The Rescue

Nicholas Sparks

The Rescue

200009-the-rescue

Grand Central Publishing 2005

“PG-13”

339 pages

Fiction

Summary:

Denise Holten is all alone in a small town… Except for the company of her five year old son, Kyle. Kyle has a speaking/communication disorder that has caused Denise, a former elementary teacher, to stay at home to help him learn. She lives in a home she inherited in the town her mother grew up in, though she doesn’t know a soul. One fateful night a car accident turns her world upside down. Denise is knocked unconscious and her son, terrified of the storm raging around him, wanders off, trying to escape the weather. Unfortunately, he wanders off into a swamp. Fortunately, he was found several hours later, completely unharmed, thanks to Taylor McAden. Taylor volunteers for the local fire department, and has a particularly keen tracking ability. Denise feels gratitude towards Taylor, but she also feels something more… Sparks fly. He is patient with Kyle, kind, and a genuinely good man. Denise loves Taylor, Kyle loves Taylor, and Taylor loves Denise, but Taylor is dealing with guilt from his past. Denise attempts to break through those thick outer layers to find out what it is that is holding Taylor back emotionally. After a few twists and turns, their relationship is put to the test. Will it survive?

Your Reaction: Pleasantly surprised. Though I thought it was a little slow to start, I found it sucked me in. I have only read a couple Nicholas Sparks books (The Notebook and The Wedding), but I thought it stacked up pretty well to the other books (and the many movies).

Potential Problems: Minimal language issues. No “F” bombs. Sexual content. Not graphic. If you are okay to watch a Nicholas Sparks movie than you are probably okay to read the book.

Recommendations: I would be more likely to recommend this to friends my age or older. Not really for students… But many 9th grade girls are big Nicholas Sparks readers. They are definitely less smutty than other “romance” choices, so if you want to read romance this is a good PG-13 choice.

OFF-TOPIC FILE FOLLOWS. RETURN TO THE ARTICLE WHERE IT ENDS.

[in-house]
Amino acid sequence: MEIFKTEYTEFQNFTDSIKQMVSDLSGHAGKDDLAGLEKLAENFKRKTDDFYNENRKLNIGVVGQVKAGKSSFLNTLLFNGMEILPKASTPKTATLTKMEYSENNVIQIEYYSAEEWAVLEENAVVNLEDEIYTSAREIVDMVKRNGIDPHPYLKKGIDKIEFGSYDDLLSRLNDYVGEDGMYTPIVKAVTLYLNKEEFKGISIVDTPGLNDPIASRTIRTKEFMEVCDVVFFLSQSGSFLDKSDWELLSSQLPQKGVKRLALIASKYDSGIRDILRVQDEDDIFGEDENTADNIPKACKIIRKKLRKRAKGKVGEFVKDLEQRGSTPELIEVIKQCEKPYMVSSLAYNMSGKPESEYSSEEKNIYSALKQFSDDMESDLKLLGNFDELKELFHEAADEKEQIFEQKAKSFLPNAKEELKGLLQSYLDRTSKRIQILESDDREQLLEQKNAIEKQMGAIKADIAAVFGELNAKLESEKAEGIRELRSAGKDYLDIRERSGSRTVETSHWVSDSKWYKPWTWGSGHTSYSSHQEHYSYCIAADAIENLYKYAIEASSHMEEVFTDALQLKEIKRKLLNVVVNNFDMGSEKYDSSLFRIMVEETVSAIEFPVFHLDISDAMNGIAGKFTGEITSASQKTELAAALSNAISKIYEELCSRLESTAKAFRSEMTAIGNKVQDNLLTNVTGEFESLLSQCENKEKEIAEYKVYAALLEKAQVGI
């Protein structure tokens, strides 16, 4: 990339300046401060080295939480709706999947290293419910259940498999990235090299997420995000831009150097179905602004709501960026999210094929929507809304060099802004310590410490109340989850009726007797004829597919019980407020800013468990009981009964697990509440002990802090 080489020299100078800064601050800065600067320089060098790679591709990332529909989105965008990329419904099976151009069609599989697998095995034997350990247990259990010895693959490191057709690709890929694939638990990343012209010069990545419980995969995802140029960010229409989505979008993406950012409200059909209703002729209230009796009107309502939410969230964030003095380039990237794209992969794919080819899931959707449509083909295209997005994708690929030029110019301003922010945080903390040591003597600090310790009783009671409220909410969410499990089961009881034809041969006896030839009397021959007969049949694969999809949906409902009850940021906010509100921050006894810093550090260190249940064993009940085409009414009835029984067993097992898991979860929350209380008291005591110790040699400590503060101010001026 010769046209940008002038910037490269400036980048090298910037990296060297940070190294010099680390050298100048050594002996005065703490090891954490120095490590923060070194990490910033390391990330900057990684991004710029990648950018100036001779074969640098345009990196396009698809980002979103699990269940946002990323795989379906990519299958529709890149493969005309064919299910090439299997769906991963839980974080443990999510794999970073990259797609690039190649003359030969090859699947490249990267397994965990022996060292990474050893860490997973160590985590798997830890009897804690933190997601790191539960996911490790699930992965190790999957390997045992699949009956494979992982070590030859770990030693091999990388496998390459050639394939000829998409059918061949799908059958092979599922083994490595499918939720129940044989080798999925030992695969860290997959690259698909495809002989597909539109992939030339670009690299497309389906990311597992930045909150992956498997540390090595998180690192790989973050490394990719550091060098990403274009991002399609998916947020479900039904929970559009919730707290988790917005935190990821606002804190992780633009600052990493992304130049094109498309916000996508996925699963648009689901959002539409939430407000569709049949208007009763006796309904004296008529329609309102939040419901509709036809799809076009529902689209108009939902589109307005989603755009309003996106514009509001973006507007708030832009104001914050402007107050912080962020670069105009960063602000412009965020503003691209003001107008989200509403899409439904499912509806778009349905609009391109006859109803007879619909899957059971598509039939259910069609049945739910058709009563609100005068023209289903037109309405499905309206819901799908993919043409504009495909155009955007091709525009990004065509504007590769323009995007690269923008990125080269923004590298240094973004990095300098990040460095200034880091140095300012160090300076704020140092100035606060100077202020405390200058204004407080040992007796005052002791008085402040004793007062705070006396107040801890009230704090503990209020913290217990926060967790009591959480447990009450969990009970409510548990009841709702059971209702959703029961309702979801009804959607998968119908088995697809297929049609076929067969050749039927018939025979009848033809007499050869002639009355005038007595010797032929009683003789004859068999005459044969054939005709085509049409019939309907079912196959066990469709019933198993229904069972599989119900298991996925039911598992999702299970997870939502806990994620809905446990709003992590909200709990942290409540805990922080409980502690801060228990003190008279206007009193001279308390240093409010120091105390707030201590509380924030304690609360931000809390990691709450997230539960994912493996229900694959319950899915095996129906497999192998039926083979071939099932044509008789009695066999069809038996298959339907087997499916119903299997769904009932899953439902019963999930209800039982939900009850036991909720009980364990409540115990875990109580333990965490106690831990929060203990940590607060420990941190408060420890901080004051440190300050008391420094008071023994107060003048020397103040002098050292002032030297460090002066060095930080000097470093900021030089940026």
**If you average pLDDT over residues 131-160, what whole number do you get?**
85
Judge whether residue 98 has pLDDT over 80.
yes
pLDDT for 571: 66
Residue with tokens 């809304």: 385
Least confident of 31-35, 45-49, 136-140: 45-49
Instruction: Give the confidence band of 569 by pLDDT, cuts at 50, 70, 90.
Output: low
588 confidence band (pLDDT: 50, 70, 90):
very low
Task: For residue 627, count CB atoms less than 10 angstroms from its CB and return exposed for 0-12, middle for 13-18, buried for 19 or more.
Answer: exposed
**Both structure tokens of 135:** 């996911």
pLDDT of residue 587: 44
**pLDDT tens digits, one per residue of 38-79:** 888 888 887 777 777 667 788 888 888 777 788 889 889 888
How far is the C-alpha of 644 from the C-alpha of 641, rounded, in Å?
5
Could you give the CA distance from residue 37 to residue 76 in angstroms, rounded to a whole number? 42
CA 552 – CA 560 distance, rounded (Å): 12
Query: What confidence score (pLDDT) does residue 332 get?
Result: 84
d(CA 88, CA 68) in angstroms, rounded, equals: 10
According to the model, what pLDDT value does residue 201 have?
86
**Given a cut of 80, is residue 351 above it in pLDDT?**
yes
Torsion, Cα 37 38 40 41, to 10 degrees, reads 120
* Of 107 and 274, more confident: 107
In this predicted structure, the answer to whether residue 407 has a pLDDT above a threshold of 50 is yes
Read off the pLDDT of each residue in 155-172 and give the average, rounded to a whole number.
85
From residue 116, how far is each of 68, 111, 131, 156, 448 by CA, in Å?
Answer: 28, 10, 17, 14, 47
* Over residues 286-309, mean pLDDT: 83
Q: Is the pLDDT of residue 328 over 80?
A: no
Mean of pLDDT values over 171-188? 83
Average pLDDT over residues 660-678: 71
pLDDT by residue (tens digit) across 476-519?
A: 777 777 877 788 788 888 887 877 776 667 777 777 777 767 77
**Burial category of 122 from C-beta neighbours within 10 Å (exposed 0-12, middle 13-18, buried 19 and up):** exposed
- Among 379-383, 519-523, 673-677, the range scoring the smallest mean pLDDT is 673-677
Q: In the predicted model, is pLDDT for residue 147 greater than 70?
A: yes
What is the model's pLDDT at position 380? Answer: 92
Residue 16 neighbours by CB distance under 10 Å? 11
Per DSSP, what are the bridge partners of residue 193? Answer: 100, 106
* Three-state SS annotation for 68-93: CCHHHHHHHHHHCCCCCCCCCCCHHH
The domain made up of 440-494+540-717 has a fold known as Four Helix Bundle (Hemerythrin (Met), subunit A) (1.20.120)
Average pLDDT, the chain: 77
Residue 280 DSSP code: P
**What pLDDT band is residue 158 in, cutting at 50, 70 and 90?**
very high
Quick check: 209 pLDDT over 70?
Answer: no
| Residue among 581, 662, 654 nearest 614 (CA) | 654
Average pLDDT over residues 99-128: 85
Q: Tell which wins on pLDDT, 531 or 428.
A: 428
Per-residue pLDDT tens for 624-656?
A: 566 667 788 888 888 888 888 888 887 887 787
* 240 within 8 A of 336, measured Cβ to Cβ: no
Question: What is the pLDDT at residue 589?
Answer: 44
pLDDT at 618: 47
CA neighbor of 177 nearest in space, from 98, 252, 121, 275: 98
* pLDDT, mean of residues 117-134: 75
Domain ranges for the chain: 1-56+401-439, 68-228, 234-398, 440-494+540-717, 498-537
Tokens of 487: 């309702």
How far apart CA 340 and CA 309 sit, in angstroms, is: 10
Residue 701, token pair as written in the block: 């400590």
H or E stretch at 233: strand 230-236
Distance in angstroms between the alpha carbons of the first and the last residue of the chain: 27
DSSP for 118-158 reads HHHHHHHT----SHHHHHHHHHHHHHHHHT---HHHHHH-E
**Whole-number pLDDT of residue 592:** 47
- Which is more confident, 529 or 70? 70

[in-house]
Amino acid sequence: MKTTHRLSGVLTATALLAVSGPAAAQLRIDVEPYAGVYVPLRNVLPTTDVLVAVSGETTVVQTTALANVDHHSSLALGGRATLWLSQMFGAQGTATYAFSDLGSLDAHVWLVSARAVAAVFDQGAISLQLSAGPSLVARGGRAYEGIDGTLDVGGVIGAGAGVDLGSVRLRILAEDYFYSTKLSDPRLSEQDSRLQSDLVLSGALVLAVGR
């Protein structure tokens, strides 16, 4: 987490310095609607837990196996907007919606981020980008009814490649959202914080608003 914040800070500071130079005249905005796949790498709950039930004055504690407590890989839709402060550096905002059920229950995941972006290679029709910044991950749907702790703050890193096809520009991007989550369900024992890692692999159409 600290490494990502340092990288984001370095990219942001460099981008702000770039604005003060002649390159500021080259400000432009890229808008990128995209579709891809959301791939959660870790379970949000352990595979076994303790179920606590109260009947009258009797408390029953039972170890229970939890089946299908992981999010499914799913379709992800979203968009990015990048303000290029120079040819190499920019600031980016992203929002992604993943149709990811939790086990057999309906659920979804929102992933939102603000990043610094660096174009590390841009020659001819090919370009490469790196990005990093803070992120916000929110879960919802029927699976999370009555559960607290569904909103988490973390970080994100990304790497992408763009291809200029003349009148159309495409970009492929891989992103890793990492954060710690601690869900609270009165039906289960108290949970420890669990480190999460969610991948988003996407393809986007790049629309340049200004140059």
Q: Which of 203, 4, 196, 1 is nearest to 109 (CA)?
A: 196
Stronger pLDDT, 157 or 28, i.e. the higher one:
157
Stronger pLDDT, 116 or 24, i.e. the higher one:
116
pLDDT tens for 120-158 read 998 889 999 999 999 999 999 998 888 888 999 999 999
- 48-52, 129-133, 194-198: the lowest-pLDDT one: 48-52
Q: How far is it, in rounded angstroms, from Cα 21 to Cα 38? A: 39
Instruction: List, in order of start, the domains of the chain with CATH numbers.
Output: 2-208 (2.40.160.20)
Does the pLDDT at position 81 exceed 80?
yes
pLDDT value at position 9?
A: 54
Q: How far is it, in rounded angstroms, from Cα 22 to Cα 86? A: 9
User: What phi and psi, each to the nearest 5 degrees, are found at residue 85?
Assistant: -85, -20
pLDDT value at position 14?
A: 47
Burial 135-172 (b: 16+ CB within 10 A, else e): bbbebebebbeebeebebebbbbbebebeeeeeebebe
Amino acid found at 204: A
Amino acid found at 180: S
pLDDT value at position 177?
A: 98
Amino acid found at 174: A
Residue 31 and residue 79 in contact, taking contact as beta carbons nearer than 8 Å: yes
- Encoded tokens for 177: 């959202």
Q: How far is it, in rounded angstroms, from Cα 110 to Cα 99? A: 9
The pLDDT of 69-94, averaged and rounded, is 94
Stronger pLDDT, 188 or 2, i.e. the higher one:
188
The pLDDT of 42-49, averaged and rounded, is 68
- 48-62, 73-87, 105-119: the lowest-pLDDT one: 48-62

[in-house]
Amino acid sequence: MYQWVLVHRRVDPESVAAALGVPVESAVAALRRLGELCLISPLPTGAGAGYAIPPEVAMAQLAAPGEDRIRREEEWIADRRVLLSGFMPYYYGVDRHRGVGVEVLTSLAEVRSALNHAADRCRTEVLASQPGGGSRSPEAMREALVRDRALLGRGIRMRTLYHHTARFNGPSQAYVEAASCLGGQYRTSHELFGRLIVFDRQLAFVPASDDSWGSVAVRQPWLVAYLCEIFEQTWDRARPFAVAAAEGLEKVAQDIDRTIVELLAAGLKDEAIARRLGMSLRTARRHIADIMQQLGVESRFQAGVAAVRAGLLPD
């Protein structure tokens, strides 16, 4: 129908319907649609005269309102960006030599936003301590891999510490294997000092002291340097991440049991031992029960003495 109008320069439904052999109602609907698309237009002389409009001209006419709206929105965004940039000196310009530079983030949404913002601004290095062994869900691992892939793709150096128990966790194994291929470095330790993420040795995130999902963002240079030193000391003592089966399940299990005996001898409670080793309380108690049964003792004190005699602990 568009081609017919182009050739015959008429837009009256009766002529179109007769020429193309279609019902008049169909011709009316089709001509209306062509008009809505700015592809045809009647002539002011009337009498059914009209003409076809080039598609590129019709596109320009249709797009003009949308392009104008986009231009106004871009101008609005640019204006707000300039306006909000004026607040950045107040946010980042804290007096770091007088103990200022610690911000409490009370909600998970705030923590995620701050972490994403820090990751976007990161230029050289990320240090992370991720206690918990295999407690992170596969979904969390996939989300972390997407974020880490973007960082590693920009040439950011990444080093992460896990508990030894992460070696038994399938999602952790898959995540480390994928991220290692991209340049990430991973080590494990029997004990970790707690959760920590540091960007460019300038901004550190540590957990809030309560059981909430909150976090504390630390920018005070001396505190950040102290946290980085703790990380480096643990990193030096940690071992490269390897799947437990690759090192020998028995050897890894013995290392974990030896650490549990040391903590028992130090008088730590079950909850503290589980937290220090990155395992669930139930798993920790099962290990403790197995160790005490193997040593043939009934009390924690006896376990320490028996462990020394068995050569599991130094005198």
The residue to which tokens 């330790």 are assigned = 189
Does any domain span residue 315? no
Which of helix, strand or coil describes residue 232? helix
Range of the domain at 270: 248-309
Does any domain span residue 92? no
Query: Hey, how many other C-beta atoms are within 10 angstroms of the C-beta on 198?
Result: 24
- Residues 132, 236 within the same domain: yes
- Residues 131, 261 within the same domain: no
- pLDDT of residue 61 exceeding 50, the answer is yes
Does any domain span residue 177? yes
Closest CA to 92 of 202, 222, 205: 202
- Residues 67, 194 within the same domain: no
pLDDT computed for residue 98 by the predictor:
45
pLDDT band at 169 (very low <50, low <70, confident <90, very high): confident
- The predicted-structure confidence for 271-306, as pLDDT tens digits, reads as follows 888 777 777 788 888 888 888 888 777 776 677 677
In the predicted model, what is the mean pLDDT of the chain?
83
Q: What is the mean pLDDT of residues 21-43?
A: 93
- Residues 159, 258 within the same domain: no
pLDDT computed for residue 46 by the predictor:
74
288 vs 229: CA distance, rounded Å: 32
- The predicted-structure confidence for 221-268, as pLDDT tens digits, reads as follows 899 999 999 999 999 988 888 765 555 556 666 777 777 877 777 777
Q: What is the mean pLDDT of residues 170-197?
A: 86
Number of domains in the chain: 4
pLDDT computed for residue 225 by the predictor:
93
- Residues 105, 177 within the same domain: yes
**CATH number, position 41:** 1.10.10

If you want to read “romance” but this isn’t appropriate for you.. If I remember correctly, Lurlene McDaniel was a popular choice when I was in jr. high and I think it may have been more “PG” rated. They also typically feature someone fighting a major illness.

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The All New Amelia

Marissa Moss

The All New Amelia

Simon & Schuster Books for Young Readers 1999

Elementary

40 pages

Realistic Fiction

Summary:

A journal of a young girl who is worried about how she looks, how other people look, how her peers treat her, and how teacher’s treat her. She is concerned about trends that she doesn’t start. She is trying to make friends with the popular girl in her class who is her class partner in archeology. Her partner has a british accent so she pays extra close attention to other’s voices. Her popular partner is a bit of a priss so not much gets done in their dig site. She feels like when she looks in the mirror she is not seeing herself. She has an image of how she should be, but it isn’t who she is. She thinks nail polish might help–nope. Her friend Carly doesn’t like the changes she’s making. Her popular partner is not becoming her friend, in fact, the opposite is in effect. She tried to change her luck. She put pocket dolls in her pocket and finally discovered an artifact. She was hoping the luck would transfer into her friendship with Carly, but she realized she lost the doll! She decided to apologize. She told her she would be herself. They celebrated as a class all their success. Popular friend Charisse finally treated Amelia normal when Amelia treated her normal. She found her lucky doll in the basket. All was well again!

Your Reaction: Cute and silly. I liked that it taught to be yourself and not anyone else. That is one of the most valuable lessons a girl can learn at a young age.

Potential Problems: Conformity.

Recommendations: Elementary girls who need to start learning to be themselves.

 

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Destination: Rainforest

Jonathan Grupper

Destination: Rainforest

National Geographic Society 1997

Elementary

31 pages

Nonfiction

Summary:

Creatures in the rainforest develop different parts and behaviors to survive in their part of the rainforest. There are different layers where they abide: the emergent layer, the canopy, the understory, and the forest floor. The food chain is how life works in the forest. It is hot in the rainforest and the rivers contain piranhas. Relationships in the forest can be symbiotic or parasitic. The afternoon is when the forest is the hottest. Almost every afternoon their will be a huge downpouring of rain. Each year a section of the rainforest is cleared the size of Washington state. Nocturnal creatures emerge at night time.

Your Reaction: Scientific mixed with… political? Yes we do not want the rainforest destroyed, but I feel like their was a slight agenda going on.